31 Dec 2018
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17 Jan 2019
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For me, I was doing a lot of reading about quitting smoking and kept seeing that the nicotine is out of your system within 2-3 days and figured why keep myself addicted by using NRT's when in past attempts to quit I always failed when I was using them. My mom reminded me that my step dad (a 2 pack a day Rothmans man) when he was 65 quit cold turkey and never had another cigarette, and went on to live to 91. My theory was that all I was doing was replacing one form of my addiction (smokes) with another form (NRT's) and making it that much harder for myself as the nicotine was still in my system. It gave it a shot and it worked for me, partly because I wanted to prove to myself that I could do it.
For me, the withdrawal wasn't any worse than with NRT's. I was restless, had trouble sleeping, always felt thirsty/hungry, a bit on edge mood wise, vomited one night ( i'm thinking too much junk food that day).
What I did find was that two days after quitting the NRT's (so Day 4 or 5 of my quit) I was starting to feel a lot better. The cravings were basically gone - I still get some minor moments but not bad.
Stocked up on mini carrots, gum, licorice (Nibs), smartpop popcorn. Mostly small size snacks that I could munch on when I felt cravings, etc. Kept my hands busy. And lots of water.
The other thing I did this time was toss all my smokes, lighters, and butt cans. I also sprayed everything with Lysol to kill the stale cigarette smell.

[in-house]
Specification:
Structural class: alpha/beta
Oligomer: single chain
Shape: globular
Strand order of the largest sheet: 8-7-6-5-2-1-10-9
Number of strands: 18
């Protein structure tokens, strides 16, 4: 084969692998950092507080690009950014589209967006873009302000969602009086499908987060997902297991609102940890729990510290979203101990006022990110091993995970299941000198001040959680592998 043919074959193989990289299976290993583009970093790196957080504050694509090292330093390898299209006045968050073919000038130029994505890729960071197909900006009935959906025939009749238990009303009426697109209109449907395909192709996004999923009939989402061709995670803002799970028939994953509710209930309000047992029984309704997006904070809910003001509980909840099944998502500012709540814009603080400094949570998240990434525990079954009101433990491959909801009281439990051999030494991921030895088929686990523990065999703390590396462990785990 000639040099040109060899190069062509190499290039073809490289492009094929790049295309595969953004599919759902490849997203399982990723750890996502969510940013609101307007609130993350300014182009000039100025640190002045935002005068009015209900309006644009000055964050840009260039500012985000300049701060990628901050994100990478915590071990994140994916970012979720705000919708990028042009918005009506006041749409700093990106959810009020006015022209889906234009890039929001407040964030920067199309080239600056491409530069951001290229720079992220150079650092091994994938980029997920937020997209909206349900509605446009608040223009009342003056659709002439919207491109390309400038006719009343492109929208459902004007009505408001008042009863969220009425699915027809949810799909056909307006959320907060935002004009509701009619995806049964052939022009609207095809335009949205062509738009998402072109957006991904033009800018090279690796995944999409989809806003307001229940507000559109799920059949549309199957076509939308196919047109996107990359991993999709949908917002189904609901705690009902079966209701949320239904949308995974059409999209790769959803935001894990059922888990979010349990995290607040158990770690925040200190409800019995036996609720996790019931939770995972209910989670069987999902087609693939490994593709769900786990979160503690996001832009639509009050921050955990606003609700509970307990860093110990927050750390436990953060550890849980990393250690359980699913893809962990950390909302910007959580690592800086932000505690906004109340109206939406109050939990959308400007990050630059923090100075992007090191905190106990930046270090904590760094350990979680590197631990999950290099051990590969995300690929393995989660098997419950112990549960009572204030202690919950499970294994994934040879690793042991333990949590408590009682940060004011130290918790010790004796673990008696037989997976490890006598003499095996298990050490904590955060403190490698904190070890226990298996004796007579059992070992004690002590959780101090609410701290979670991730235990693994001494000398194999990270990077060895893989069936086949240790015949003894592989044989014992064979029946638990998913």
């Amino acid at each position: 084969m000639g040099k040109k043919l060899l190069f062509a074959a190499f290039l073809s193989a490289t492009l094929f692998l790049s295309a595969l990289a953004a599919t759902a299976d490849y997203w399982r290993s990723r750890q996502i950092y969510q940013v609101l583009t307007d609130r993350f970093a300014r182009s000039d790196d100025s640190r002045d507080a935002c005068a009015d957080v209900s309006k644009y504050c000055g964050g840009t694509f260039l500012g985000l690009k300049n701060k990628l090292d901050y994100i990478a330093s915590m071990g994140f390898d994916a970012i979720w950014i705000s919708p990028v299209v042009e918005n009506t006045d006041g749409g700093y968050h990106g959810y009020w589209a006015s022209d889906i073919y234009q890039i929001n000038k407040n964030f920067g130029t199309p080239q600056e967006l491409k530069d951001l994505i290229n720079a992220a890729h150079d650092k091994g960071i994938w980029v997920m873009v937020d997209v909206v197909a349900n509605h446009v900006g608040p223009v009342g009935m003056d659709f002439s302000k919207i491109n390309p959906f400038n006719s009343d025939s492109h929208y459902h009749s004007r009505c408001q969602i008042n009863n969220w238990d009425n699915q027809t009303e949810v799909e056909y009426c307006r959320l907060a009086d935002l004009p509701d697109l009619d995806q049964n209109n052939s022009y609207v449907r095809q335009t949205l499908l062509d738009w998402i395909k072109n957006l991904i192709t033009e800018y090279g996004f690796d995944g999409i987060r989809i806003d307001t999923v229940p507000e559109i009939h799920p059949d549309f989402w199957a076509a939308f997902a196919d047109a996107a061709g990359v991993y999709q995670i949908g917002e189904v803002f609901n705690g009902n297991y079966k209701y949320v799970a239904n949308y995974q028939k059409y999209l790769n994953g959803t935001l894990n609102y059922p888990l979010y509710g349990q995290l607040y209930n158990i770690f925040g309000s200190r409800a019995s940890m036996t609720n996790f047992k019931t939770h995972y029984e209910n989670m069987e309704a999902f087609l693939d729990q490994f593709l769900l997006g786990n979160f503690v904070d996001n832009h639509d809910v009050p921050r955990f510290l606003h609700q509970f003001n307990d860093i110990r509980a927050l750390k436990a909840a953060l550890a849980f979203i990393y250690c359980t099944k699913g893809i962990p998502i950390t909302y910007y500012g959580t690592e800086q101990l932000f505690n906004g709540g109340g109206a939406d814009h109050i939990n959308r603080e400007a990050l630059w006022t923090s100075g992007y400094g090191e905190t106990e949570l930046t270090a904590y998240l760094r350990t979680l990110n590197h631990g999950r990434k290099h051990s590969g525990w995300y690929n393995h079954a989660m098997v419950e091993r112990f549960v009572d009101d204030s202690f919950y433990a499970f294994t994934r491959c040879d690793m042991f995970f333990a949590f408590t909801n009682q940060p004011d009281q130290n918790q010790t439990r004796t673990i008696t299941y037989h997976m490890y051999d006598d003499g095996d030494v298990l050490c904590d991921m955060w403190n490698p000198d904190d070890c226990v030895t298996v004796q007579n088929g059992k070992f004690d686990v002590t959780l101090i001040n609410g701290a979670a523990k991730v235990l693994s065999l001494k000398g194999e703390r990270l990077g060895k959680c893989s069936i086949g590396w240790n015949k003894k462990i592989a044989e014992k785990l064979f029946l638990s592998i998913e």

Still dealing with the psychological side of quitting smoking - checking my jacket pockets for smokes before going out, reaching for the smokes on the side of my van door while driving.
I guess the one bonus motivator for me was that I beat my nicotine addiction within just a few days and that was something I never could do before. Now I'm getting to the point that I don't want to smoke because I don't want to go through the withdrawal again.
The other thing is that I am feeling better and breathing better. I was smoking for so long I didn't realize how much it actually affected me.
And I spend a lot of time talking to myself to keep myself committed to not smoking. Yes - talking to myself out loud. Sounds weird but it helps me. Mostly I do it in the van while driving, or when no one else is around.
I started my quit ready to go the full distance with NRT's and spent a lot of time reading up on quitting. I really was going at this quit a lot more motivated. That was probably the biggest thing was that I was ready to quit, so by dropping the NRT's maybe it helped me become more determined because then it was all me, rather than using a crutch.
The most important thing is that you are wanting to quit. You can do this!